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One of the hardest lessons we face in a physical body is learning how to be fully present with what is. Yet Eastern gurus – and even some Western sages – teach that the cause of all suffering is our resistance to, or attempted avoidance of what is.
If we like our experience, we feel good; if we don’t, we feel bad. The trouble starts when we try to hold onto what feels good. But our bodies, environment, temperament and relationships change so rapidly that it’s impossible to hold onto anything. The only way to suffer less is to give up trying to avoid the changes. How do we do this? By paying attention to whatever is happening right now – including the desire to resist what we don’t like.
Focusing our attention and our breath on the tension, the place between what is happening now and what we want to happen, may stir up more discomfort. Yet there’s really no other place we can be. Attempts at avoidance just leave us with a shadow, one that looms larger and larger until we finally face it.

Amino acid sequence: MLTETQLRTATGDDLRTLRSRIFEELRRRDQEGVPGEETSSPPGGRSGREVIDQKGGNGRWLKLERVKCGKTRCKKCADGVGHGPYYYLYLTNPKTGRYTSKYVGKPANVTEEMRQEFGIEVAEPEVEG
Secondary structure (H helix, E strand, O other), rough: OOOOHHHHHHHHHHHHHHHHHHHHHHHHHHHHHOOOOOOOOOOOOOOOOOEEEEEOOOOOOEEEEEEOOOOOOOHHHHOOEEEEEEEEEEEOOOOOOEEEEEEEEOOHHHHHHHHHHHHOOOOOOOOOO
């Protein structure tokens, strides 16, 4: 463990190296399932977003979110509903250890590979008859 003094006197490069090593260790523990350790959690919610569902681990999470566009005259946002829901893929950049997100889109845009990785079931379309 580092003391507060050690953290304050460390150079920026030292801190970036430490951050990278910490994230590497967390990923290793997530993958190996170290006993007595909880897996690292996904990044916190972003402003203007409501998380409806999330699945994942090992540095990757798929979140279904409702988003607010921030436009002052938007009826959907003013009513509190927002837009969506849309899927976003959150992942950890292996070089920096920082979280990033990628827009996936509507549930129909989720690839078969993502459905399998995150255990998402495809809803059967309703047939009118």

In Western society, we aren’t taught how to be with ourselves. We’re conditioned from an early age to cover our pain, guilt and shame with activities, objects and relationships. So we never develop “presence muscles.” But making a conscious decision to stay in the feeling, in the physical tension, is a form of self-love. We are in essence staying with ourselves, and the more we practice this, the stronger and more loving we become.
Yoga is a great example of openings that occur when we remain in the tension of the posture. Trikonasana is hard for me, and I usually come out of it before my instructor’s guidance to do so. Last week, I felt the discomfort of the pose and my longing to get out of it. My body was rebelling: “I hate this pose. It’s too hard.” Then, I heard a soft voice in my head saying, “stay.”